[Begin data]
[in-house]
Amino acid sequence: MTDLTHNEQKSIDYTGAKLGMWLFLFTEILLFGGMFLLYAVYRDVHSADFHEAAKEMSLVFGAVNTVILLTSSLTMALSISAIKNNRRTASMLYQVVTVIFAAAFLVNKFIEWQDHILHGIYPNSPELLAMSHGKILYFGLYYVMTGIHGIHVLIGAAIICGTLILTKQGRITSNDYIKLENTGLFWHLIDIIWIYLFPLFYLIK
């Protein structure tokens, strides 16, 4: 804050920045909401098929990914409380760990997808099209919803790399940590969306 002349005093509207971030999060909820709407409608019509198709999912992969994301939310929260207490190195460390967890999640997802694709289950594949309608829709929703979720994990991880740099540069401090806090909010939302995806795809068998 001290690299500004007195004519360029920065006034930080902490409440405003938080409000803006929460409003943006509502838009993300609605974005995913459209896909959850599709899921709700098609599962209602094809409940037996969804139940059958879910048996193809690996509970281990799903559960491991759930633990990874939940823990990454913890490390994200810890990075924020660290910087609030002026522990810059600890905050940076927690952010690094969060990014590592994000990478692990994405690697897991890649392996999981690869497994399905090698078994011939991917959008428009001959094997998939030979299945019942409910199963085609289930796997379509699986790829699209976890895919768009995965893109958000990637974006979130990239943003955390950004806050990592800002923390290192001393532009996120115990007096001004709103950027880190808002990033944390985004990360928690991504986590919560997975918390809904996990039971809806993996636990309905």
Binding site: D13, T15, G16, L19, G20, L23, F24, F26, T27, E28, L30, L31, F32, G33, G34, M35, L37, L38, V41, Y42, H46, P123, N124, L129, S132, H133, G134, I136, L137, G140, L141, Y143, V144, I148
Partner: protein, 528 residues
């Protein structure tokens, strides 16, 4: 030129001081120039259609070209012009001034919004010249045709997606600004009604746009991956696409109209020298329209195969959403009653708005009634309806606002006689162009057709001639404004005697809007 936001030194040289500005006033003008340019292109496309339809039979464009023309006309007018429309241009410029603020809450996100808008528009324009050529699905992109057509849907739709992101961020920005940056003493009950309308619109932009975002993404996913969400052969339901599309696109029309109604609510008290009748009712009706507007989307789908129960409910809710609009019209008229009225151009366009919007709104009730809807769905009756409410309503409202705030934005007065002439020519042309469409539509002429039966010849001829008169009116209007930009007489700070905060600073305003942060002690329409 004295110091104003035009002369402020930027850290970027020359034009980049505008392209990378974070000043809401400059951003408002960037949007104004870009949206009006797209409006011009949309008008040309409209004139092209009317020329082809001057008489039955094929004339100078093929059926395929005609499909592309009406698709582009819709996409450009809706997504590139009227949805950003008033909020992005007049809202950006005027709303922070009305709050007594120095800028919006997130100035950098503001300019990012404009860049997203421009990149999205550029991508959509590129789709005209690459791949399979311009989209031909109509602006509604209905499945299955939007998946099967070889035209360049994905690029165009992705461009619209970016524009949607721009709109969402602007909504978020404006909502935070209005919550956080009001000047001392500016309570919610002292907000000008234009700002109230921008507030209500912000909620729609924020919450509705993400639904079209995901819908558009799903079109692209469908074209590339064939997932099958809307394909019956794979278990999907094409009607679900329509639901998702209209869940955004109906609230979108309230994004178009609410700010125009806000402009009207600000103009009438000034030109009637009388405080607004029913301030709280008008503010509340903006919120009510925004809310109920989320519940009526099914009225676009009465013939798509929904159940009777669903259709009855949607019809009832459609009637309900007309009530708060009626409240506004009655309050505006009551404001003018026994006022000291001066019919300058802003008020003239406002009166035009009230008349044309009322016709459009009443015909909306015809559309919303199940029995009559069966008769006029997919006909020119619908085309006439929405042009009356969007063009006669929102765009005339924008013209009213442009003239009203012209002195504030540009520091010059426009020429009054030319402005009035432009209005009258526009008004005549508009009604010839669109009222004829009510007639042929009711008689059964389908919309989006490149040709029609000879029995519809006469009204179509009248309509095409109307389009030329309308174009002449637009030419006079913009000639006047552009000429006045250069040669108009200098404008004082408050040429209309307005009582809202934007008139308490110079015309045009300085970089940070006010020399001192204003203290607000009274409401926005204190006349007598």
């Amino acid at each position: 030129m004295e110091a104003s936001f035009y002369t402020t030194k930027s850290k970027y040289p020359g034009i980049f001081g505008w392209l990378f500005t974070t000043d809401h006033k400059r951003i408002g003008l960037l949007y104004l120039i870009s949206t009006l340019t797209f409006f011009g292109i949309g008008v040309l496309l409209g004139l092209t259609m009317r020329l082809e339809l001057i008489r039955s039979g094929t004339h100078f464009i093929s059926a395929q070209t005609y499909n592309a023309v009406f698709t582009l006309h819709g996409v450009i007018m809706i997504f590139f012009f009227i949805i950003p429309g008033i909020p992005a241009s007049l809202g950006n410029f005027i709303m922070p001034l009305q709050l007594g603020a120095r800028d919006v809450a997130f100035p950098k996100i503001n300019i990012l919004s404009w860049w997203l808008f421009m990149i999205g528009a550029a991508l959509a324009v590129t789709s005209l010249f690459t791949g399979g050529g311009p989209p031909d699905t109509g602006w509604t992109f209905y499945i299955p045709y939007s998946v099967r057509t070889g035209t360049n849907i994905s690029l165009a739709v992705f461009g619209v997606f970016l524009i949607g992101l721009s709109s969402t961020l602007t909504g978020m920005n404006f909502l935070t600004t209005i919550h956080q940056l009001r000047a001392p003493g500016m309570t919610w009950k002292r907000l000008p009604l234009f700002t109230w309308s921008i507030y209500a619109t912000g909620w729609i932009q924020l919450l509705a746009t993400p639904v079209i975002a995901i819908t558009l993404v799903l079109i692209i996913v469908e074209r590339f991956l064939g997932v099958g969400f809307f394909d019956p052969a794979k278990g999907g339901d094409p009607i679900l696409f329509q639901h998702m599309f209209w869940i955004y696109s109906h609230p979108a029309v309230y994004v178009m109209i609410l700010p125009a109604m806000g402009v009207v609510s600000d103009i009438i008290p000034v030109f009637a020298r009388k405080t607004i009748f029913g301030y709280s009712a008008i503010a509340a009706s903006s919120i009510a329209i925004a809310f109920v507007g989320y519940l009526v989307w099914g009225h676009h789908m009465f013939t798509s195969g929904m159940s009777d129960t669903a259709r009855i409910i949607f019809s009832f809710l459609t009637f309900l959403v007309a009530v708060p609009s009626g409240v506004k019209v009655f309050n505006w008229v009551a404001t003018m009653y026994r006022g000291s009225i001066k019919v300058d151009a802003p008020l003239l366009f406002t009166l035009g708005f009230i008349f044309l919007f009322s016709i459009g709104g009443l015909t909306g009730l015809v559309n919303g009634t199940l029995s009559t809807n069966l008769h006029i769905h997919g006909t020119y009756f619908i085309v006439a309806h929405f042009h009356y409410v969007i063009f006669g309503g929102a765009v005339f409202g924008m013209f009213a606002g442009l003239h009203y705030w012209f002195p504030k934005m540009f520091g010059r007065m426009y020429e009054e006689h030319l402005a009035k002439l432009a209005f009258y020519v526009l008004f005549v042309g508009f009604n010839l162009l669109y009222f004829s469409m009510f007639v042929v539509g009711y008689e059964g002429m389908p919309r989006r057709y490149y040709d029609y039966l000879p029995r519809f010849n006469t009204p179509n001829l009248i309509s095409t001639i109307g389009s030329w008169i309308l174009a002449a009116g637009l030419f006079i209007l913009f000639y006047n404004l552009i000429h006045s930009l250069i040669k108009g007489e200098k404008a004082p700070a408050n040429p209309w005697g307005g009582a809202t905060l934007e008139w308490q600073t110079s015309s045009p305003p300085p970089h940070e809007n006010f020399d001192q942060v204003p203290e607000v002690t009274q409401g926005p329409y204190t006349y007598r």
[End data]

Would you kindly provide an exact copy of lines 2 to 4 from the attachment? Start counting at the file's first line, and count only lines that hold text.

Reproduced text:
Amino acid sequence: MTDLTHNEQKSIDYTGAKLGMWLFLFTEILLFGGMFLLYAVYRDVHSADFHEAAKEMSLVFGAVNTVILLTSSLTMALSISAIKNNRRTASMLYQVVTVIFAAAFLVNKFIEWQDHILHGIYPNSPELLAMSHGKILYFGLYYVMTGIHGIHVLIGAAIICGTLILTKQGRITSNDYIKLENTGLFWHLIDIIWIYLFPLFYLIK
């Protein structure tokens, strides 16, 4: 804050920045909401098929990914409380760990997808099209919803790399940590969306 002349005093509207971030999060909820709407409608019509198709999912992969994301939310929260207490190195460390967890999640997802694709289950594949309608829709929703979720994990991880740099540069401090806090909010939302995806795809068998 001290690299500004007195004519360029920065006034930080902490409440405003938080409000803006929460409003943006509502838009993300609605974005995913459209896909959850599709899921709700098609599962209602094809409940037996969804139940059958879910048996193809690996509970281990799903559960491991759930633990990874939940823990990454913890490390994200810890990075924020660290910087609030002026522990810059600890905050940076927690952010690094969060990014590592994000990478692990994405690697897991890649392996999981690869497994399905090698078994011939991917959008428009001959094997998939030979299945019942409910199963085609289930796997379509699986790829699209976890895919768009995965893109958000990637974006979130990239943003955390950004806050990592800002923390290192001393532009996120115990007096001004709103950027880190808002990033944390985004990360928690991504986590919560997975918390809904996990039971809806993996636990309905």
Binding site: D13, T15, G16, L19, G20, L23, F24, F26, T27, E28, L30, L31, F32, G33, G34, M35, L37, L38, V41, Y42, H46, P123, N124, L129, S132, H133, G134, I136, L137, G140, L141, Y143, V144, I148